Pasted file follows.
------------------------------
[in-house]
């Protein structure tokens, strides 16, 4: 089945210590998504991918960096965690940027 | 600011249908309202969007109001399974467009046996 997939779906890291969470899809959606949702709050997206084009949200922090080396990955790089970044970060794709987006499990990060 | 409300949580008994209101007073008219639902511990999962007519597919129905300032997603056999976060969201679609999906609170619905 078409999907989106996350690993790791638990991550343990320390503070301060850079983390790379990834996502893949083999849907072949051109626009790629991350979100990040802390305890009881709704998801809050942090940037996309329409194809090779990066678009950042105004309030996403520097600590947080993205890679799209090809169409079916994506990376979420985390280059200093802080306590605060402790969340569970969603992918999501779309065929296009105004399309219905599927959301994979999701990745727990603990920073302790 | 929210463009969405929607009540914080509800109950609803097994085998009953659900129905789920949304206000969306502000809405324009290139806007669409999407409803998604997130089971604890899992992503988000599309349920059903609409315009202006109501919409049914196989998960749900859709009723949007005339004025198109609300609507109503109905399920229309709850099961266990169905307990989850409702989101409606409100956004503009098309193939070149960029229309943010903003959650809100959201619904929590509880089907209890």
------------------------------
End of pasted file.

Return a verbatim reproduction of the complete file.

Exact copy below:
[in-house]
């Protein structure tokens, strides 16, 4: 089945210590998504991918960096965690940027 | 600011249908309202969007109001399974467009046996 997939779906890291969470899809959606949702709050997206084009949200922090080396990955790089970044970060794709987006499990990060 | 409300949580008994209101007073008219639902511990999962007519597919129905300032997603056999976060969201679609999906609170619905 078409999907989106996350690993790791638990991550343990320390503070301060850079983390790379990834996502893949083999849907072949051109626009790629991350979100990040802390305890009881709704998801809050942090940037996309329409194809090779990066678009950042105004309030996403520097600590947080993205890679799209090809169409079916994506990376979420985390280059200093802080306590605060402790969340569970969603992918999501779309065929296009105004399309219905599927959301994979999701990745727990603990920073302790 | 929210463009969405929607009540914080509800109950609803097994085998009953659900129905789920949304206000969306502000809405324009290139806007669409999407409803998604997130089971604890899992992503988000599309349920059903609409315009202006109501919409049914196989998960749900859709009723949007005339004025198109609300609507109503109905399920229309709850099961266990169905307990989850409702989101409606409100956004503009098309193939070149960029229309943010903003959650809100959201619904929590509880089907209890």